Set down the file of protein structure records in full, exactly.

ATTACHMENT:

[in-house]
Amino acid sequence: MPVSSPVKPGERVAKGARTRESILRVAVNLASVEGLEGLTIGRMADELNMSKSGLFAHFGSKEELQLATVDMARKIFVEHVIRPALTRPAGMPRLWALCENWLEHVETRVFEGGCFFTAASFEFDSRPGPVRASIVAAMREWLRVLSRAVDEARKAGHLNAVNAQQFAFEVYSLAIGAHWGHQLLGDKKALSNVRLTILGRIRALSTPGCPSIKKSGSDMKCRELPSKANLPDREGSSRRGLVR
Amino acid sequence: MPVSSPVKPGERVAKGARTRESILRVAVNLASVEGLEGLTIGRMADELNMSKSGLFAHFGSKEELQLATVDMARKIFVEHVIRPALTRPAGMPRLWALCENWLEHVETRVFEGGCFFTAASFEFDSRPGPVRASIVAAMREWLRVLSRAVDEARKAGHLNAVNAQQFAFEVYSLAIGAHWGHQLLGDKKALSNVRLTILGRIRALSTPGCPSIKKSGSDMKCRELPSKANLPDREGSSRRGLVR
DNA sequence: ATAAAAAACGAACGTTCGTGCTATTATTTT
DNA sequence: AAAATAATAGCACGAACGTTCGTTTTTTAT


[in-house]
Amino acid sequence: MPVSSPVKPGERVAKGARTRESILRVAVNLASVEGLEGLTIGRMADELNMSKSGLFAHFGSKEELQLATVDMARKIFVEHVIRPALTRPAGMPRLWALCENWLEHVETRVFEGGCFFTAASFEFDSRPGPVRASIVAAMREWLRVLSRAVDEARKAGHLNAVNAQQFAFEVYSLAIGAHWGHQLLGDKKALSNVRLTILGRIRALSTPGCPSIKKSGSDMKCRELPSKANLPDREGSSRRGLVR
Amino acid sequence: MPVSSPVKPGERVAKGARTRESILRVAVNLASVEGLEGLTIGRMADELNMSKSGLFAHFGSKEELQLATVDMARKIFVEHVIRPALTRPAGMPRLWALCENWLEHVETRVFEGGCFFTAASFEFDSRPGPVRASIVAAMREWLRVLSRAVDEARKAGHLNAVNAQQFAFEVYSLAIGAHWGHQLLGDKKALSNVRLTILGRIRALSTPGCPSIKKSGSDMKCRELPSKANLPDREGSSRRGLVR
DNA sequence: ATAAAAAACGAACGTTCGTGCTATTATTTT
DNA sequence: AAAATAATAGCACGAACGTTCGTTTTTTAT